|The authors have improved the manuscript and clarified some unclear sections. However, not all of my comments have been addressed in the manuscript; in addition, some obscurities remain and new ones were introduced by new text. |
The language has been improved somewhat. As I expect that copyediting of the manuscript will take care of it, I only listed a few wording or grammar mistakes below.
Line numbers in my comments refer to the marked-up version of the revised manuscript, attached to the response to the reviews.
The authors do a better job now pointing out the caveats of the new method. However, one limitation is the restriction to S = 0.07% (or lower). However, some more discussion should be given considering the following:
- In my previous comments, I had pointed out that CCN counters are least accurate at low S. This uncertainty in measurements should be mentioned.
- In addition, the authors mention at the very end of the manuscript that the low S makes this method ‘more applicable for ambient measurements of clouds and fogs in the atmosphere’. Typical supersaturations in clouds range from < 0.1% (e.g. for stratus) to > 1% (for cumulus clouds). This should be mentioned and appropriate references added.
- What is the reasoning that you can assume internal mixing of the aerosol? (e.g. l. 264)
- N(CCN) is rarely measured at cloud height as surface measurements are much simpler. It always remains the question whether surface aerosol is actually connected to clouds above the measurement site. However, I do not believe that just the transport time of bringing aerosol aloft (can be as little as a few minutes) is a sufficient ageing time - as implied in l. 268 - to achieve internal mixing. Please support or reject this assumption by appropriate references.
The discussion of delta(kappa) is still poorly organized. I suggest starting with the calculated delta(kappa) and its sensitivity studies and then concluding that an assumption of 0.2 is sufficiently good. That way, Section 3 will be better organized and also the conclusions could be structured better.
l. 21 and later in the manuscript: I don’t understand why it is restricted to ‘single source regions’. All what matters is whether the aerosol is aged or fresh – whereas the latter could originate from multiple emission sources.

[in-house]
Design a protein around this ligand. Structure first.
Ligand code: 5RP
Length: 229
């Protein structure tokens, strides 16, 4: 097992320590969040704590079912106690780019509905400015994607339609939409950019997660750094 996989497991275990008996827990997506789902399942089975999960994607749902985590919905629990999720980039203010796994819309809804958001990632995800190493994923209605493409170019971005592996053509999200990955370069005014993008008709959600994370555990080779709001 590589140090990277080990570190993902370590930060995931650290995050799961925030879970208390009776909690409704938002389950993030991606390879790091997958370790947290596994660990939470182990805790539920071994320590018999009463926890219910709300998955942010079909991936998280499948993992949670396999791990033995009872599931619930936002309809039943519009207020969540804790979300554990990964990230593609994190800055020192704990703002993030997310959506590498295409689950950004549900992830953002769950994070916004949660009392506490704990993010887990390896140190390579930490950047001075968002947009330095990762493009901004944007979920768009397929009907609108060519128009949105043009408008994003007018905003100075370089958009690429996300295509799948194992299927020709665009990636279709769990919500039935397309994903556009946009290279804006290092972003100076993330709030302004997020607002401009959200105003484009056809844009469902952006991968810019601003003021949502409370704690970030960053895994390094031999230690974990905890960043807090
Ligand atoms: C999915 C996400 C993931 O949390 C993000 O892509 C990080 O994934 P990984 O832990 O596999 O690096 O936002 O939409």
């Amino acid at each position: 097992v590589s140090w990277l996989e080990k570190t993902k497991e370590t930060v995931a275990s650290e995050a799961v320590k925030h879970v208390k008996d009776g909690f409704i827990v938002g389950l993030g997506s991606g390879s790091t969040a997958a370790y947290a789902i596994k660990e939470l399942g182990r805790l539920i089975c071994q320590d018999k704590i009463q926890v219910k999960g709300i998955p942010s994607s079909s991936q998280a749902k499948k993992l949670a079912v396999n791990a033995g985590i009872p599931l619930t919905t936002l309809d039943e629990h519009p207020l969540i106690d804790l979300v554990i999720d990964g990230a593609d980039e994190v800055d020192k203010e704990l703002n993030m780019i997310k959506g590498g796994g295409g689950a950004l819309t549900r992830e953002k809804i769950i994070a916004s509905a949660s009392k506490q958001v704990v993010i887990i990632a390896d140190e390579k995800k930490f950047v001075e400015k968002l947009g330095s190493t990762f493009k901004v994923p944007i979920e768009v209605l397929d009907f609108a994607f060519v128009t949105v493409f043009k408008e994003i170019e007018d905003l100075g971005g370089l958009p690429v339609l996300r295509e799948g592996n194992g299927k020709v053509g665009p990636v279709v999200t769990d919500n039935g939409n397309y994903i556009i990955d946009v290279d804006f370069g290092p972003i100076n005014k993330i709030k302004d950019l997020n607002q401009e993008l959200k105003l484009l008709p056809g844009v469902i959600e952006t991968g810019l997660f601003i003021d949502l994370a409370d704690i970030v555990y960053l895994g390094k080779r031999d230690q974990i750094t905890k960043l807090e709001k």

l. 30: ‘nuclei’ is plural; either ‘nuclei are… ‘ or ‘nucleus is…’
l. 49: Why not adding the equation of the Angstrom exponent here (and remove it later)?
l. 51 and 52: What does R^2 refer to? In order to make it easier to read, I suggest splitting this sentence into (at least) two. That way it would also become clear what’ has’ in l. 52 refers to.
l. 62: As mentioned in my previous comments, aerosol hygroscopicity is defined as the ability of a particle (or a material in general) to take up a certain amount of water at a given RH. It is NOT a function of aerosol size as the text here suggests.
l. 68 and l. 108: Define parameters only once. Here you use two different names for rRH
l. 71 and remainder of the manuscript: ‘Composition’ is often used wrongly. ‘Component’ is the right word.
l. 172: Do you really refer to Eq.-1 here?
l. 221: I still don’t understand this sentence: what are ‘particles’ as opposed to ‘existing particles’?
l. 253-255: How is ‘too large’ or ‘too small’ defined?
l. 315: This is a very strong statement. Is this true under all conditions?
l. 318 and l. 325: In my previous comments, I had pointed out that ‘on the one hand’ and ‘on the other hand’ are used to introduce two opposing statements. However, here they introduce pretty much the same thing, i.e. the variation of kappa(c) can be quite large vs the influence of kappa(c) cannot be ignored. This should be restructured.
l. 335: A ‘cloud chamber’ is not the same as a CCN counter. In the former, a cloud is formed and the supersaturation cannot be exactly predetermined and/or measured. In a CCN counter, particles are exposed to a preset supersaturation. I assume you mean the latter here.
Technical (language) mistakes
l. 19: involves --> includes
l. 21: suitable
l. 77: ‘0.6 R^2’ seems very colloquial. Better is ‘R^2 = 0.6’.
l. 77: leads
l. 78: ..study that applied…
l. 81: ‘accurate’ might be better to use than ‘effective’
l. 82: rRH is directly connected
l. 159: Reword ‘..is found can be used’
l. 167: Define Dc here.
l. 203-205: This sentence needs to be rewritten as it is confusing: How can NCCN range to 100 nm (it is in [cm-3]); what are the units of a ‘cumulative contribution’ if it ranges from 0.2 to 0.8?
l. 217, 218: particles